When James Harrington chose The Commonwealth of Oceana for the title for his study on government, G.B. Barton suggested it was not selected, for the purpose of securing the favour of ‘the Lord Protector of the Commonwealth’ to whom it was dedicated, but because it was the proper scientific term for his subject, according to the usage of the time. This was the form of republic that Henry Parkes supposedly advocated. It was Milton [There's our Ioannes Miltonus again; vide supra.] in The Ready and easy Way to establish a Free Commonwealth (1659-1660) who used the word as an equivalent to the term ‘republic’.
Source: ‘Commonwealth’ is a republican term. IacobusAmor 19:13, 21 Iulii 2011 (UTC)
The Sydney Morning Herald quote is highly relevant. Let's see what Mclay1 thinks. Andrew Dalby (disputatio) 19:20, 21 Iulii 2011 (UTC)
Some commonwealths are/were republics, such as the short-lived Commonwealth of England; however, some are not, including the Commonwealth of Nations, which is here translated as "Consortio Populorum", the Commonwealth of the Phillipines, which is translated as "Consortio Insularum Philippinarum" and the Commonwealth of Grenada, which is here translated as "Consortio Granatae". Whatever loose republican connections the English name of Australia may have, it is not a republic. If one did not know the English name of Australia and was translating this page, it would be easy to mistranslate it as "Republic of Australia". Isn't there a closer translation of commonwealth? Consortio seems to fit. Mclay1 11:35, 24 Iulii 2011 (UTC)
It would be easy indeed to mistranslate it thus if one were unfamiliar with Latin and the history of the equivalence of the English word commonwealth and the Latin word respublica, and if one were unfamiliar with the history of the formal English name of Australia. The politicians who coined the phrase Commonwealth of Australia did so with explicit reference to the Latin word respublica, not to the Latin word consortio or any other Latin word. ¶ The basic sense of consortio is 'community, partnership, companionship', and the phrase Consortio Populorum probably stresses the complexity of the project: it's not a unitary commonwealth, but a community of diverse peoples. If memory serves, that term originated outside Vicipaedia (ex ipsa consortione), and the cited names of the Philippines and Granada must have been modeled on it. They're awkward, and should be changed. IacobusAmor 12:01, 24 Iulii 2011 (UTC)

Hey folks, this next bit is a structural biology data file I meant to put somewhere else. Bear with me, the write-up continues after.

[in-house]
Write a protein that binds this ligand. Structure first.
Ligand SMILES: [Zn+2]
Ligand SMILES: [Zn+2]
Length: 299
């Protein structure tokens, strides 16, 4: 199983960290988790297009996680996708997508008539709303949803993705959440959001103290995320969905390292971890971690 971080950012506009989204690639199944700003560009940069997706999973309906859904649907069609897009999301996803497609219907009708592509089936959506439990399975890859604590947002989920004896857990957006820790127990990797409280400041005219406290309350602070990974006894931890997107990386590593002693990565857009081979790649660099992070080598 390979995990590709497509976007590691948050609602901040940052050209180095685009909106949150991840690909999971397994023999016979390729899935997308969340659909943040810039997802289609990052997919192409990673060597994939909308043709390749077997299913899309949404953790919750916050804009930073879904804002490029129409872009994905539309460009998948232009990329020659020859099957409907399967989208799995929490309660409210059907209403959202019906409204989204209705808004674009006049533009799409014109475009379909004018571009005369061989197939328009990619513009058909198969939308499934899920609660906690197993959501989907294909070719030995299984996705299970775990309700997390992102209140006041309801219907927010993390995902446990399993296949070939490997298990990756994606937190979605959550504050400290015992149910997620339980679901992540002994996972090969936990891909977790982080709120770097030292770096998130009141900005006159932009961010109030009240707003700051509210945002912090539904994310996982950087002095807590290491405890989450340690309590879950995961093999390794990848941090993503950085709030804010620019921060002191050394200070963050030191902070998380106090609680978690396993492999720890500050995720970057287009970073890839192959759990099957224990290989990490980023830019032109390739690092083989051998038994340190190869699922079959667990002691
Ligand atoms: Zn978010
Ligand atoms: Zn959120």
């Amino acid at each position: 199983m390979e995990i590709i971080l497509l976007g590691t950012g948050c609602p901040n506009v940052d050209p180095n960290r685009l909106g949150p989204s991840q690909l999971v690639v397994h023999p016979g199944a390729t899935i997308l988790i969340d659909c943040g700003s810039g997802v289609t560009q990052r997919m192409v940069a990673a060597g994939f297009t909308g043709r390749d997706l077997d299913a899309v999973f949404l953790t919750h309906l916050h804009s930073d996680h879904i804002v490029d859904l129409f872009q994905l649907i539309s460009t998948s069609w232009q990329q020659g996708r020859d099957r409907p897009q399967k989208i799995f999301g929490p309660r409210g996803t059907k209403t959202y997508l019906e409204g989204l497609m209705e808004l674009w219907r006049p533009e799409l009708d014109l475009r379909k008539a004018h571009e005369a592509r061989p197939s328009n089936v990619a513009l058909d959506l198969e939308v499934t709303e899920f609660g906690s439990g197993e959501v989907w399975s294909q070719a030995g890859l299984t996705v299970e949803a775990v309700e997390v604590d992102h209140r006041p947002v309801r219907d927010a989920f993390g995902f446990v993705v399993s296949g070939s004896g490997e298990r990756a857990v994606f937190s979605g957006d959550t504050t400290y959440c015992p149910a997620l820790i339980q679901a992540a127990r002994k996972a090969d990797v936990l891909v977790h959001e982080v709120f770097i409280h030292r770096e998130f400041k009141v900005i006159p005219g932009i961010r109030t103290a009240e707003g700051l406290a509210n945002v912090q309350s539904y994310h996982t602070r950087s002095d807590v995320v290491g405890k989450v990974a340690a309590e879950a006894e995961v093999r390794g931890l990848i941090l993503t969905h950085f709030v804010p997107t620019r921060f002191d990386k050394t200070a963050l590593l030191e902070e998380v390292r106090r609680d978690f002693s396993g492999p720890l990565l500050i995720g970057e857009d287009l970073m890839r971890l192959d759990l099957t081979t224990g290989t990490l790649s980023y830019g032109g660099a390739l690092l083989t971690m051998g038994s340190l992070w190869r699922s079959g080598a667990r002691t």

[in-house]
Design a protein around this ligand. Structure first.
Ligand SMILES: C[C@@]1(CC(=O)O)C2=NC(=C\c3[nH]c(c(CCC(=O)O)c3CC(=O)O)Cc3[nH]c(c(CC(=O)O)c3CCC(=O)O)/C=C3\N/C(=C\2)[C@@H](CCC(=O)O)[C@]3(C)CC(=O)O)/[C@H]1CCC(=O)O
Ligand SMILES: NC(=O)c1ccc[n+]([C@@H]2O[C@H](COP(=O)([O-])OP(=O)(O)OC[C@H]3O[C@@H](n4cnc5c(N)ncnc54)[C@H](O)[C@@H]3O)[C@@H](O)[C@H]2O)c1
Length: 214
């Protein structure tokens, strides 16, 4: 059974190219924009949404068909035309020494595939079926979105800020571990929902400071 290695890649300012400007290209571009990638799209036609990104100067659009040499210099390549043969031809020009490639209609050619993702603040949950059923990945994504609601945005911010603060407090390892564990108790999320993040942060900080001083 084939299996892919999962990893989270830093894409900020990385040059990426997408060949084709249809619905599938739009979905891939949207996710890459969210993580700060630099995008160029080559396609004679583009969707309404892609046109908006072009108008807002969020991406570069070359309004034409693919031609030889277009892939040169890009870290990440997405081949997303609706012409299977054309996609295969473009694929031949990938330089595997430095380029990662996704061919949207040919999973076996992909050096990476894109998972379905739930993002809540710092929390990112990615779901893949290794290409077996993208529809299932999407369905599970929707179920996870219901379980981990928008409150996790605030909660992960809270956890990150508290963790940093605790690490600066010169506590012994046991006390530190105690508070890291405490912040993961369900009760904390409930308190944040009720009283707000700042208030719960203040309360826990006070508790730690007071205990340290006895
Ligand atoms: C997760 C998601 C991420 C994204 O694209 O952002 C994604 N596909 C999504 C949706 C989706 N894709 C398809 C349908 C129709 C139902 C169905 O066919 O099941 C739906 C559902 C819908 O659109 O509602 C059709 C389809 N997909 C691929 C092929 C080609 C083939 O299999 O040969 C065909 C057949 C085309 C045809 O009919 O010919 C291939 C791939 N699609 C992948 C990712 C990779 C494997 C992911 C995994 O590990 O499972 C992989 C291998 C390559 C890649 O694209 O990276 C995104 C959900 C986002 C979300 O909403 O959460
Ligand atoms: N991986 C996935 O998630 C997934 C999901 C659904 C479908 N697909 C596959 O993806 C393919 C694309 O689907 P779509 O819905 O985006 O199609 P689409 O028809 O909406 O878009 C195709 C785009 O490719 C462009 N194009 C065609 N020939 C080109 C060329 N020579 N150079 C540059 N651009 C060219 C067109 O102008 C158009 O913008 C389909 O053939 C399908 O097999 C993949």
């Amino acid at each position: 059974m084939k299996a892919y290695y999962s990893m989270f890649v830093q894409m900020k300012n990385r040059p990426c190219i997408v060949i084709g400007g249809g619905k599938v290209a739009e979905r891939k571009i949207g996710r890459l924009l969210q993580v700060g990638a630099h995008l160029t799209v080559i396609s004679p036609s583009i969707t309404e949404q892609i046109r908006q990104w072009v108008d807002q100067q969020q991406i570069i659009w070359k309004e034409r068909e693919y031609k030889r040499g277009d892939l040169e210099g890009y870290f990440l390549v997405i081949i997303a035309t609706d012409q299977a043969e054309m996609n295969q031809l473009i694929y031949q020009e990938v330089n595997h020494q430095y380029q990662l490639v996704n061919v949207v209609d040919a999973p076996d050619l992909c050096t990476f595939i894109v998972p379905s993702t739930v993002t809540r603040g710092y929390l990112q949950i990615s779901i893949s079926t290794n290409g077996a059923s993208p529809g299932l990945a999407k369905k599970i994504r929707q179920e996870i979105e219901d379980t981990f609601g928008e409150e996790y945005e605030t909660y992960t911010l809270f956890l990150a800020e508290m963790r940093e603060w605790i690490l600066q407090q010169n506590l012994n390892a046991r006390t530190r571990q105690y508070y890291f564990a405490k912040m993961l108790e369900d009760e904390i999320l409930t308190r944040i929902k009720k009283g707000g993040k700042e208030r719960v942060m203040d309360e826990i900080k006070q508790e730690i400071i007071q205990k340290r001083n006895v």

We are writing for people who are ignorant of those things, Andrew Dalby (disputatio) 14:28, 24 Iulii 2011 (UTC)
But are we really writing for people who are ignorant of the language and are therefore unable to read what we've written? IacobusAmor 16:49, 24 Iulii 2011 (UTC)
as well as for people who are informed about them. It seems to me that if the correct interpretation of our invented term "Respublica Australiana" needs all that knowledge, we should either renounce the invention, or, if we stick with it, place it not in the lemma but in a second paragraph, about the names of Australia, where there is room in the text for explanations. Andrew Dalby (disputatio) 14:28, 24 Iulii 2011 (UTC)
We didn't invent the equivalence of commonwealth and respublica, nor did we invent the connection of respublica and the modern Australian polity : we have, in effect, an attestation that the word commonwealth in the phrase Commonwealth of Australia is equivalent to the Latin word respublica. But you're right to point out that wherever democracy rules, arguments from ignorance can have great weight, sometimes (as the results of elections prove) dispositive weight. The present argument from ignorance, which falsely holds that the semantics of a Latin word must exactly map those of an English word, would lead to obvious absurdities if pursued between languages generally; for example, our friend is practically in the position of having to tell the French that they must stop using the word figure to mean 'face' because figure means something else in English. Perhaps a way of accommodating the ignorant would be helpful, but what could it be? Our lemmata for countries ordinarily give any short form first, followed immediately by any longer, official form (as a synonym), so pushing the official name to a later paragraph here would be unexpected. IacobusAmor 16:44, 24 Iulii 2011 (UTC)
"Respublica Australiana" is not an official form.
"Respublica" has several equivalents in English of which "commonwealth" is only one.
I warn you to avoid any more arguments based on one person's linguistic knowledge, Iacobe. Andrew Dalby (disputatio) 18:43, 24 Iulii 2011 (UTC)